Our knowledge of our immediate surroundings – of 'nature' – is declining. The reason for this decline in knowledge of the environment (and not just some idealised 'nature': cities are full of fascination as well, if you only take the time to walk through them) is simple: time. A human childhood, to age 15 and allowing 12 hours a day, is about 65,700 hours: the amount of time a child has to spend on anything is limited by the amount of time they have to spend on everything else. In 1913, when my grandmother was six, she spent a lot of time outside because there were few other demands on her time: school, books, playing with toys perhaps, chores. In 1968, when I was six, there was school, books, many more toys, chores, the radio, and TV. In 2013 there are school, books, really a lot of toys, chores, video games, and the vast sink of life that is the internet.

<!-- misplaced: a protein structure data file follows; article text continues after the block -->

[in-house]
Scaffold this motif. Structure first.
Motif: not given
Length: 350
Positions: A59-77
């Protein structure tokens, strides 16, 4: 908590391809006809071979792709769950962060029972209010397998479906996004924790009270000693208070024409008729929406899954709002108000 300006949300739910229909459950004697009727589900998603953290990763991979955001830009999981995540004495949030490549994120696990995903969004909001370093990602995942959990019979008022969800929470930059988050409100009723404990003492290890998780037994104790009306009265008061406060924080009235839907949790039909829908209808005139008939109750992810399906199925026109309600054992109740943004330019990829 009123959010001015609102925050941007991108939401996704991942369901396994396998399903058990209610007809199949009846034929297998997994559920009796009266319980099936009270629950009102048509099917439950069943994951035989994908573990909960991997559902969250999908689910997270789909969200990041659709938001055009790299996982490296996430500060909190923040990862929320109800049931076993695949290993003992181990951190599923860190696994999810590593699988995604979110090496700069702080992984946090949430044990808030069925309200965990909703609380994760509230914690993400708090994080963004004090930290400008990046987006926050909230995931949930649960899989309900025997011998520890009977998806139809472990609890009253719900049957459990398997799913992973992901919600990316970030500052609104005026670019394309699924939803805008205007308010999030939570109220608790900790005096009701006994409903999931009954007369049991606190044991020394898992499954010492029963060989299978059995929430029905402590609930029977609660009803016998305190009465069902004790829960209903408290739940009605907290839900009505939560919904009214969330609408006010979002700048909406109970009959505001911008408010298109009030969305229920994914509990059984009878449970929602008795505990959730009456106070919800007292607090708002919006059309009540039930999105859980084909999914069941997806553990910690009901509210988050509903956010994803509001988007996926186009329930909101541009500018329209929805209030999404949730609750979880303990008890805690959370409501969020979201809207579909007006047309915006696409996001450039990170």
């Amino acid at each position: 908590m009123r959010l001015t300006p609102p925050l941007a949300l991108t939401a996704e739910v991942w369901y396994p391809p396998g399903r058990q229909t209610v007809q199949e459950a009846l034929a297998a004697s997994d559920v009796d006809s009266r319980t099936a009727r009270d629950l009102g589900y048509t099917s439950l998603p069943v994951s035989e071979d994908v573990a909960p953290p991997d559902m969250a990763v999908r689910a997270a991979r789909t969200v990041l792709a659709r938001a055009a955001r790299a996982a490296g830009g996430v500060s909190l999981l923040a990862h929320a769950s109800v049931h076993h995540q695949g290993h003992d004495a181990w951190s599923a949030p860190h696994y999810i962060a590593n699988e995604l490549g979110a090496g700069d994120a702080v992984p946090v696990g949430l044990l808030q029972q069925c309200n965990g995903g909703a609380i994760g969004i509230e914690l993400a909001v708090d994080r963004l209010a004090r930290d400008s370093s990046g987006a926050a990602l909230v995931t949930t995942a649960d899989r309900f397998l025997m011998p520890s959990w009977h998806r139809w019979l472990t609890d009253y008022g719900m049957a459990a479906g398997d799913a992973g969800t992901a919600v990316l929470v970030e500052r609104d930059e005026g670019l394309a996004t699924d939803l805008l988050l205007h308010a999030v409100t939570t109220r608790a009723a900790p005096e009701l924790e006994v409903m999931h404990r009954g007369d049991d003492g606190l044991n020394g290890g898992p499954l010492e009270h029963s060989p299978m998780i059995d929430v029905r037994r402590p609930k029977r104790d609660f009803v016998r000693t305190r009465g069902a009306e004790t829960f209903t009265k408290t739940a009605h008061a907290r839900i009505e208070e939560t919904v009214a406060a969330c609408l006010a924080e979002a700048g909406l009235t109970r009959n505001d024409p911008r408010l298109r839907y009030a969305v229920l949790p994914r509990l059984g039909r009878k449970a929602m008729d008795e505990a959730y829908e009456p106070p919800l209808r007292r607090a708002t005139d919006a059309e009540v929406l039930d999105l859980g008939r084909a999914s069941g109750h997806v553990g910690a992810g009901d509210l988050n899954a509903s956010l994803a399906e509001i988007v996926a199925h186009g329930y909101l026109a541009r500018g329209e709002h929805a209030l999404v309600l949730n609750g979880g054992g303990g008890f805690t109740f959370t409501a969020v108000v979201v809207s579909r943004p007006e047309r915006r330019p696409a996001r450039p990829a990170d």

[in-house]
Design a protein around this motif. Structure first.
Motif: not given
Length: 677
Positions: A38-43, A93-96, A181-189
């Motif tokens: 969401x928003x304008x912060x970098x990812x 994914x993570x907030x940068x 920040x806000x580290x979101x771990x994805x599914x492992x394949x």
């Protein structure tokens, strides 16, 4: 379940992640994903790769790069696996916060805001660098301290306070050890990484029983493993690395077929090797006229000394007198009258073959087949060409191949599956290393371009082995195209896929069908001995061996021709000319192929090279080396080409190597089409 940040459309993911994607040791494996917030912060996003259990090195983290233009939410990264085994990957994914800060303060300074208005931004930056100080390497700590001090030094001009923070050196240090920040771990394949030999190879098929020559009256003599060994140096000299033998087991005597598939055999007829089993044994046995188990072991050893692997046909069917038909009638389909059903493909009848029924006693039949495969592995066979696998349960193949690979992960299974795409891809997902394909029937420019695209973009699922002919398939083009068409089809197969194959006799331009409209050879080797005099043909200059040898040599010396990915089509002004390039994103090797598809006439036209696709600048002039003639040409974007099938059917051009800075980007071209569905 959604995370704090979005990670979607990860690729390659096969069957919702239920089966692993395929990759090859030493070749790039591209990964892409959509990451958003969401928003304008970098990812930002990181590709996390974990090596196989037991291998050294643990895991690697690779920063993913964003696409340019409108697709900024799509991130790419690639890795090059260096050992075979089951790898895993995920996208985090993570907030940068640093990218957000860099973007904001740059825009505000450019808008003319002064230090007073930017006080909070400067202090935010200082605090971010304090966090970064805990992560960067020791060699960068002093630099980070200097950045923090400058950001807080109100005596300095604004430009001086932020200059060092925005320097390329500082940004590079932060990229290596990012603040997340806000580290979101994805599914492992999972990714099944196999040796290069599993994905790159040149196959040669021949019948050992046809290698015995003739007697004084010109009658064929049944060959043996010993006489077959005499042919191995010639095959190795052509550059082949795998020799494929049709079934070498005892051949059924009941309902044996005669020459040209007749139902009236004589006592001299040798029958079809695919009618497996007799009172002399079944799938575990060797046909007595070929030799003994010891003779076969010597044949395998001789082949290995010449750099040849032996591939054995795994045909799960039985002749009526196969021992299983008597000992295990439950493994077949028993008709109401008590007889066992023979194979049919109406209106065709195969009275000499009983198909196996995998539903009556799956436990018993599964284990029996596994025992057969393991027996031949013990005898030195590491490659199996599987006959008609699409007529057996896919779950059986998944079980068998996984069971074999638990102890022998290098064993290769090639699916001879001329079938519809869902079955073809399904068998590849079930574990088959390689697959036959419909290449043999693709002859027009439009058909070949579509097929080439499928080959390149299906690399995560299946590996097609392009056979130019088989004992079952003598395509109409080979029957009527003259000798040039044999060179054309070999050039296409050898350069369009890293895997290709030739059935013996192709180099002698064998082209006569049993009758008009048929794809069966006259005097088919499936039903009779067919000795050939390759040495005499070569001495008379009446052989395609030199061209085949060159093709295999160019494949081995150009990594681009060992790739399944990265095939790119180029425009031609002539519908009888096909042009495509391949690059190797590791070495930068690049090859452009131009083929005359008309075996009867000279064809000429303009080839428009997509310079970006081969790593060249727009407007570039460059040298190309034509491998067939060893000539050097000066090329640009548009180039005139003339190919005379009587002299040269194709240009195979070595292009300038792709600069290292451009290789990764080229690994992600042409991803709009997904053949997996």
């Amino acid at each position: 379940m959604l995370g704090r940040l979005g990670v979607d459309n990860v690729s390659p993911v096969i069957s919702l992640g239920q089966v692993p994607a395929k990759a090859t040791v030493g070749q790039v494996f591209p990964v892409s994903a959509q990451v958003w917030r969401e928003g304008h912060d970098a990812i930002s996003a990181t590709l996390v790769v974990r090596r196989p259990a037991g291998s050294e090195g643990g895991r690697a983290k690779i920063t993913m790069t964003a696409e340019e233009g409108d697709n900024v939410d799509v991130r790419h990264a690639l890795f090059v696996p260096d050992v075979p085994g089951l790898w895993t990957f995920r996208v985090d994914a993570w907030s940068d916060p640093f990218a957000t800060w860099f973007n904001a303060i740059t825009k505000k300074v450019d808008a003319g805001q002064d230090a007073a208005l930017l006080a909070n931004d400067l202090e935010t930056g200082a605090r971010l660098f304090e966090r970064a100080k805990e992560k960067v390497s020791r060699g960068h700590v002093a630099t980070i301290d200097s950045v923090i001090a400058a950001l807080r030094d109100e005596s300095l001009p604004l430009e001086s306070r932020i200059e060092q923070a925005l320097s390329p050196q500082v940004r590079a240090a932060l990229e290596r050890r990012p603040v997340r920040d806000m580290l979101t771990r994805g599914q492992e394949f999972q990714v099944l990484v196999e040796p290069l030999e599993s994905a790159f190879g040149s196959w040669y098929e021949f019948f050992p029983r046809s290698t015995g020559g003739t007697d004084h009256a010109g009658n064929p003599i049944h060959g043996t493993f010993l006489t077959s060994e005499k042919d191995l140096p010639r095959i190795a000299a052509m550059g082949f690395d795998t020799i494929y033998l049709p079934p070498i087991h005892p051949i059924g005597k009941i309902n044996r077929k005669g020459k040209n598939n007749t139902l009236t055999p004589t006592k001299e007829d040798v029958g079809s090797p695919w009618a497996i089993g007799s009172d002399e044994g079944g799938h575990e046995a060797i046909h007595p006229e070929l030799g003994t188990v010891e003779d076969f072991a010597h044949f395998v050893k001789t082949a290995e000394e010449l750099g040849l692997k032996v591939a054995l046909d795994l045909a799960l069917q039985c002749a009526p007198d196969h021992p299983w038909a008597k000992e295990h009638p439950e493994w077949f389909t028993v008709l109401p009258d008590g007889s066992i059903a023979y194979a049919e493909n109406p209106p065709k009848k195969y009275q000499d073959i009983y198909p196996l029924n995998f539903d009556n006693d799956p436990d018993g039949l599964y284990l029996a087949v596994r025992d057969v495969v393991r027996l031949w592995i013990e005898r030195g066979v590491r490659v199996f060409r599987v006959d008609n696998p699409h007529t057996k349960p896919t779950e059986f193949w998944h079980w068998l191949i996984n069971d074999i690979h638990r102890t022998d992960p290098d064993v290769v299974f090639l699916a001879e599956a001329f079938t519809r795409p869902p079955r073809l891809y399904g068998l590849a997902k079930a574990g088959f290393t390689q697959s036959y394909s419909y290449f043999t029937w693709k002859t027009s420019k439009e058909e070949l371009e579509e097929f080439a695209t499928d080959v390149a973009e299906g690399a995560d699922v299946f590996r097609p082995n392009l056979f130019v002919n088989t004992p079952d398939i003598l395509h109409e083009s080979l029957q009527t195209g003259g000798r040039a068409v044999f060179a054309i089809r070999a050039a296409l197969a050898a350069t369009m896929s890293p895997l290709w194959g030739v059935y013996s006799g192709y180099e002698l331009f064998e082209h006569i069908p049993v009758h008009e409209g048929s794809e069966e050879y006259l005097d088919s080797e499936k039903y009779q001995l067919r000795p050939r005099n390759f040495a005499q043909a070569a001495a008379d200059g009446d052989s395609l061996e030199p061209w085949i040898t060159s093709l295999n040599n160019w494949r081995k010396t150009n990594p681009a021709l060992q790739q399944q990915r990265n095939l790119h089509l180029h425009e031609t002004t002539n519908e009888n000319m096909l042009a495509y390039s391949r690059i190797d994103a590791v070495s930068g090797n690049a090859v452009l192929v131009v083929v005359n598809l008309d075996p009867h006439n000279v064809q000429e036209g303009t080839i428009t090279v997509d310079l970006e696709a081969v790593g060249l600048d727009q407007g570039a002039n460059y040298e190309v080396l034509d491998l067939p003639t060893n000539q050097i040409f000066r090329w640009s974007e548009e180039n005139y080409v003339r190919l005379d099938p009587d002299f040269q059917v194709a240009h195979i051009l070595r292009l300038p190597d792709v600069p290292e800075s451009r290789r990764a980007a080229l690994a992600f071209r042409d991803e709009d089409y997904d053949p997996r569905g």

It would be astonishing if a child of the early 21st century knew as much about their physical environment – be it 'nature' or the city – as one of the early 20th, because it would mean that they had somehow stretched time.
Whether this is something to worry about depends on whether you think the physical environment matters, and whether you think the things competing with it for the scarce hours in children's lives matter: is facebook and TV more important than picking blackberries, because the time you spend on one eats the time you can spend on the others?